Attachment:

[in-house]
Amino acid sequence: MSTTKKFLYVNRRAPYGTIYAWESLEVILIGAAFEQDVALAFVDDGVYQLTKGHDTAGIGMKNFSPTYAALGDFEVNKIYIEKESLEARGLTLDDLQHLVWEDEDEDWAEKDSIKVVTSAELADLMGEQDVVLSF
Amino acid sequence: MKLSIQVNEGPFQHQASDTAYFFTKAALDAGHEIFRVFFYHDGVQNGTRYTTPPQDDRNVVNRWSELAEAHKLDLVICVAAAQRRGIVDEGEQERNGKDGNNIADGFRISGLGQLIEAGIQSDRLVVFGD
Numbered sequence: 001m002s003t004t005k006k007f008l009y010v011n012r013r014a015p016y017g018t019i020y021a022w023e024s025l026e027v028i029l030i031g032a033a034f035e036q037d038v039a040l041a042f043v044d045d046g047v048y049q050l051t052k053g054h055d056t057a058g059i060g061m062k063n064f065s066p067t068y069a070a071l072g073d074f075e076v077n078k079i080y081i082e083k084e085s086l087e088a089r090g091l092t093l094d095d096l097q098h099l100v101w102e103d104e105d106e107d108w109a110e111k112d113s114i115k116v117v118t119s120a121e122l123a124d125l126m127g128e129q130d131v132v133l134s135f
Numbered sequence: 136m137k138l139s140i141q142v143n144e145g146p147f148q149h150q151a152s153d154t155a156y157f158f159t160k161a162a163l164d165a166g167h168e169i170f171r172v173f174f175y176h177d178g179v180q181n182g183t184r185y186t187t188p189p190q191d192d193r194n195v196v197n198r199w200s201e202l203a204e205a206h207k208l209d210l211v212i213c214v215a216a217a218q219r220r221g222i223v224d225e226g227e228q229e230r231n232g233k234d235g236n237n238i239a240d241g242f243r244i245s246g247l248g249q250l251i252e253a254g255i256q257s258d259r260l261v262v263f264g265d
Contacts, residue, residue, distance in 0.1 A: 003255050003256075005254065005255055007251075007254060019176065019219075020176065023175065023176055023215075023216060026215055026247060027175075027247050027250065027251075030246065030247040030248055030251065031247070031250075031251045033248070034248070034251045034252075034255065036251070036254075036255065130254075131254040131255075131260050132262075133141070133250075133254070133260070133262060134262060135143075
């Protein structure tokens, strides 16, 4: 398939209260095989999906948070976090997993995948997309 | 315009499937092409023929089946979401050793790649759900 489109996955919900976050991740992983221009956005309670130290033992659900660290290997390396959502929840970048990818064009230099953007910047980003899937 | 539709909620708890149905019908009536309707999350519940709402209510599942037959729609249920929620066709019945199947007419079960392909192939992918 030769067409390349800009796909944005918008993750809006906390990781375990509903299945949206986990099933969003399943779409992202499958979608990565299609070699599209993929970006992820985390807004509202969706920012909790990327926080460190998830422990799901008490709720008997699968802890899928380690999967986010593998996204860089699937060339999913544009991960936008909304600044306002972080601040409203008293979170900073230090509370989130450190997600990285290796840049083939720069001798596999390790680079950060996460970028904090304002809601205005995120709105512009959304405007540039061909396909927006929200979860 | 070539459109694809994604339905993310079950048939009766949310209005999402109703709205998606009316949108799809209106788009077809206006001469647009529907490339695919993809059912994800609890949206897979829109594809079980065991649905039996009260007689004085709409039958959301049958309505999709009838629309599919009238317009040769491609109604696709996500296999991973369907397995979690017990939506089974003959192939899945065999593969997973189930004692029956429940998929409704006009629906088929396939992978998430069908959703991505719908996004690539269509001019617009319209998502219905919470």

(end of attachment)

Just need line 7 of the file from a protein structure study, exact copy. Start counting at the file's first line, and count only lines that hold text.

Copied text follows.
């Protein structure tokens, strides 16, 4: 398939209260095989999906948070976090997993995948997309 | 315009499937092409023929089946979401050793790649759900 489109996955919900976050991740992983221009956005309670130290033992659900660290290997390396959502929840970048990818064009230099953007910047980003899937 | 539709909620708890149905019908009536309707999350519940709402209510599942037959729609249920929620066709019945199947007419079960392909192939992918 030769067409390349800009796909944005918008993750809006906390990781375990509903299945949206986990099933969003399943779409992202499958979608990565299609070699599209993929970006992820985390807004509202969706920012909790990327926080460190998830422990799901008490709720008997699968802890899928380690999967986010593998996204860089699937060339999913544009991960936008909304600044306002972080601040409203008293979170900073230090509370989130450190997600990285290796840049083939720069001798596999390790680079950060996460970028904090304002809601205005995120709105512009959304405007540039061909396909927006929200979860 | 070539459109694809994604339905993310079950048939009766949310209005999402109703709205998606009316949108799809209106788009077809206006001469647009529907490339695919993809059912994800609890949206897979829109594809079980065991649905039996009260007689004085709409039958959301049958309505999709009838629309599919009238317009040769491609109604696709996500296999991973369907397995979690017990939506089974003959192939899945065999593969997973189930004692029956429940998929409704006009629906088929396939992978998430069908959703991505719908996004690539269509001019617009319209998502219905919470």